You are here

Survey: Inflation Still Major Challenge for Small Companies

Majority report inflation is having a ‘substantial’ impact on their businesses

WASHINGTON — According to a new survey recently released by the National Federation of Independent Business (NFIB) Research Center, increasing numbers of small-business owners are reporting “inflation” as their single most important problem.

The survey, conducted in mid-April, found that more than half (62%) reported that inflation was having a “substantial” impact on their business, with about a third (31%) saying that it was having a “moderate” impact. Only 6% stated that they found the effect “mild.”

“Inflation is a new challenge for most small business owners,” says Holly Wade, executive director of NFIB’s Research Center. “Inflation has reached levels not seen for the last 40 years and is dominating business decisions for small employers across the country. Small-business owners have been adjusting business practices in order to compensate for the inflation pressures resulting from supply chain disruptions, staffing shortages and rising gas prices.”

In the survey, owners reported that “inventory, supplies, and materials” and fuel (gasoline, diesel, fuel oil, etc.) were the top contributing factors to higher costs in their business. More than three-quarters (77%) of small-business owners reported inventory, supplies, and materials were substantial contributors to higher costs.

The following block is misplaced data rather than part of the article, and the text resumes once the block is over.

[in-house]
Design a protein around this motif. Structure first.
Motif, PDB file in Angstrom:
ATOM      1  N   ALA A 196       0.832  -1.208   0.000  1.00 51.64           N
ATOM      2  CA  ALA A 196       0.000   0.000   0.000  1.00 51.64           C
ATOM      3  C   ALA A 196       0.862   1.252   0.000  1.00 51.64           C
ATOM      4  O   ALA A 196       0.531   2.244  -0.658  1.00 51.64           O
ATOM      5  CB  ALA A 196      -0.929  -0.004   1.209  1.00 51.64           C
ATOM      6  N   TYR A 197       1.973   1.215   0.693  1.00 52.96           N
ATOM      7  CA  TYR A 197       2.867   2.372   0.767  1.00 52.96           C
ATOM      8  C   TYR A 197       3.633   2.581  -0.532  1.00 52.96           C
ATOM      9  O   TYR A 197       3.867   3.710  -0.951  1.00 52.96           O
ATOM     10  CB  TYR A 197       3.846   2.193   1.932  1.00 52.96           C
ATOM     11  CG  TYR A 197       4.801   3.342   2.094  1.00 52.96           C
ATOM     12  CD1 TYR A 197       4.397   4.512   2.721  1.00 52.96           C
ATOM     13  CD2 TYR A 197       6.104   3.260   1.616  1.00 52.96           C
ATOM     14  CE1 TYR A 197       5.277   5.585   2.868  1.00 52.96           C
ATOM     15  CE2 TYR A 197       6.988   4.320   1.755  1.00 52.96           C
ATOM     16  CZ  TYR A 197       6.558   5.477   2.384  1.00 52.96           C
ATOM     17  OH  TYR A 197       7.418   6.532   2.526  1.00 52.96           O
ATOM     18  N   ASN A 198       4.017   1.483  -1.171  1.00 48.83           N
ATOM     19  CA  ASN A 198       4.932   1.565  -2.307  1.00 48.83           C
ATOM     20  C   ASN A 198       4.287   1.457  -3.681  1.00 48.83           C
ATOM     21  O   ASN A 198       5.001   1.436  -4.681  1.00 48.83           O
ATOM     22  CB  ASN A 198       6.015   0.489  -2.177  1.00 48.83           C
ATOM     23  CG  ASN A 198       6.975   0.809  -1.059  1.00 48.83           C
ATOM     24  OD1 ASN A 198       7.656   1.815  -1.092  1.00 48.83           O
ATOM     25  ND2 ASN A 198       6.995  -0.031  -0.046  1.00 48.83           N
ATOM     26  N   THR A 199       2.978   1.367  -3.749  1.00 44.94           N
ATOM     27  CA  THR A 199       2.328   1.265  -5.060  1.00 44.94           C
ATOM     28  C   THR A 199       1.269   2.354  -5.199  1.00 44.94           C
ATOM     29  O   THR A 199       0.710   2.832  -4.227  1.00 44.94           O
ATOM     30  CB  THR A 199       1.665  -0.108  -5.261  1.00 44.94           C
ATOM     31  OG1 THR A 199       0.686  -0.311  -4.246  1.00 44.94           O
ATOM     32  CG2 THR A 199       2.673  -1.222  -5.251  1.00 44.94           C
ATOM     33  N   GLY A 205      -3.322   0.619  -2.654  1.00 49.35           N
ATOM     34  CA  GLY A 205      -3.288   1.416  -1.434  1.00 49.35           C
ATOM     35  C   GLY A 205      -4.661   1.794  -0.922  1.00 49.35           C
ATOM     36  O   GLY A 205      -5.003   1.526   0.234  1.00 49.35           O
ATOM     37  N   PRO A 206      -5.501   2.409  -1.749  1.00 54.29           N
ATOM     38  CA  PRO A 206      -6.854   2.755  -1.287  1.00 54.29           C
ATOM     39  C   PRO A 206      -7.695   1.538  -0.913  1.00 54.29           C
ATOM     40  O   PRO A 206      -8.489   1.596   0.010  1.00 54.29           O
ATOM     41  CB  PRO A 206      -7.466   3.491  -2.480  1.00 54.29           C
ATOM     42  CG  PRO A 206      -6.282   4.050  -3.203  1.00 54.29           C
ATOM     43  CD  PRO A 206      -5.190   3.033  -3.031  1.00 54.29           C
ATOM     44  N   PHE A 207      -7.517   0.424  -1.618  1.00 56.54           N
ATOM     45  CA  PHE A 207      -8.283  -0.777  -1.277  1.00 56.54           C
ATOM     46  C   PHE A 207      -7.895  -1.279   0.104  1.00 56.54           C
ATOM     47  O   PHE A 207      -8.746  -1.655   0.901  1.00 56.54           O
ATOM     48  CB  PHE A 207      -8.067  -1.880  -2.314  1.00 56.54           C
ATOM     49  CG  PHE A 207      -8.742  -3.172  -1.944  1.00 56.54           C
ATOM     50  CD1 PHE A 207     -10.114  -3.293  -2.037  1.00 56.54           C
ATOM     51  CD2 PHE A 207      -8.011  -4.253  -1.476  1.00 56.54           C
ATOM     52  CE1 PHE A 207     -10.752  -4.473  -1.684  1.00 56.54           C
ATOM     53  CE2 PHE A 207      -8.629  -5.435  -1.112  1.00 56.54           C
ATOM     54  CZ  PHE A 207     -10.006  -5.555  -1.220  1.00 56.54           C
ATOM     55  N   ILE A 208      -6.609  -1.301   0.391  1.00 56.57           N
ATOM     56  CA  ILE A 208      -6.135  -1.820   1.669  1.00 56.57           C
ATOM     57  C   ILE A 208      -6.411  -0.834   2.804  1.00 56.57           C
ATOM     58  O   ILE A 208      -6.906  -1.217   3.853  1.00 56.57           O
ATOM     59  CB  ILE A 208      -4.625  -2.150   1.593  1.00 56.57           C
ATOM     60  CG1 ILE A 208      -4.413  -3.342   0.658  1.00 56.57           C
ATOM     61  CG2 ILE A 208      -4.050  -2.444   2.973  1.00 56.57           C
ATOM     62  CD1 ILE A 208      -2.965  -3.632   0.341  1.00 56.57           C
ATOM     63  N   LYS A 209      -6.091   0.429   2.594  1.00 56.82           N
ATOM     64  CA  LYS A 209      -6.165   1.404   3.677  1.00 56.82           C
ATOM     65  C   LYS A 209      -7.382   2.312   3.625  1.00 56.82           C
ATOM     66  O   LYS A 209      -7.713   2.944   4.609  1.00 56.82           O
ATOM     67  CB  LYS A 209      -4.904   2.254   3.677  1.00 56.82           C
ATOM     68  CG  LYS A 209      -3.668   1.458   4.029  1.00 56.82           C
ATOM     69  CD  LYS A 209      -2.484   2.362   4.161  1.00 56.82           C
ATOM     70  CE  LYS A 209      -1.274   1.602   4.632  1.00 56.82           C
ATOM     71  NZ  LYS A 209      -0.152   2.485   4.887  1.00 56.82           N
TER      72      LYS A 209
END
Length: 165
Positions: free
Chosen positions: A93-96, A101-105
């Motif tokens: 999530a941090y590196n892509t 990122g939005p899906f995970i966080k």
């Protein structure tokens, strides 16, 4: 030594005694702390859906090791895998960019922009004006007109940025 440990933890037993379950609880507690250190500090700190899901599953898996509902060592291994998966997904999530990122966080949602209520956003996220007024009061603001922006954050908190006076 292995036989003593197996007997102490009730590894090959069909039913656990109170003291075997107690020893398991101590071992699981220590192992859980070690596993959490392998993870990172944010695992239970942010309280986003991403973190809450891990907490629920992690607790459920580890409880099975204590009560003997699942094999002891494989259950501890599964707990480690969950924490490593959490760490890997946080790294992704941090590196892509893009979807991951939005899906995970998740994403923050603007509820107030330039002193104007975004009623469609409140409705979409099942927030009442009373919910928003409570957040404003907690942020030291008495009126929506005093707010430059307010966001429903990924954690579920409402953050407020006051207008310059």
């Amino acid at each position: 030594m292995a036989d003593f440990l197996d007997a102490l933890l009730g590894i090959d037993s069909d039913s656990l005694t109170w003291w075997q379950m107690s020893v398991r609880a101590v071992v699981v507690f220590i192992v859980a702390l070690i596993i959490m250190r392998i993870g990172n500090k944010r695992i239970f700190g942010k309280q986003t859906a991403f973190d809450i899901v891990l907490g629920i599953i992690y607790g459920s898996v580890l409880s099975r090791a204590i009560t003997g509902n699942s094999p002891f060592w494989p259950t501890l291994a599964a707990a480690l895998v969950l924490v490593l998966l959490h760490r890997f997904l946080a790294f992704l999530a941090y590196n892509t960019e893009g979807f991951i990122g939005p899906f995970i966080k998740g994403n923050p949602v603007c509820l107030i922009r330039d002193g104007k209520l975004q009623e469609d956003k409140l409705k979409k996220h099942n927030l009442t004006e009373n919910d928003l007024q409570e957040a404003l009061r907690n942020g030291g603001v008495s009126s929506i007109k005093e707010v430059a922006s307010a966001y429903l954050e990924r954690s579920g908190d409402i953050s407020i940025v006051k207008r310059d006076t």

While costs such as labor, rent and utilities all contributed to cost pressures for many small-business owners, the survey found, these costs were having less of an impact than supplies and fuel. In fact, 44% reported that in the last six months, they have been unable to acquire a key input needed to produce a good and service they offer to customers.

To maintain profitability as their own costs grew, the vast majority of small-business owners surveyed had started to pass these increases onto their consumers, with 86% increasing the price of their goods and services. Sixty-eight percent of small employers were planning to raise average selling prices in the next three months. Forty percent reported they would raise prices by 10% or more and almost half (47%) reported between 4 and 9%.

Owners also reported reducing the quantity of the goods or services they use to help stabilize cost increases. About a fifth (21%) reported they had reduced the quantity of materials or goods used to produce the final product(s) to absorb higher costs.

In addition, 31% reported taking on debt to finance their higher costs.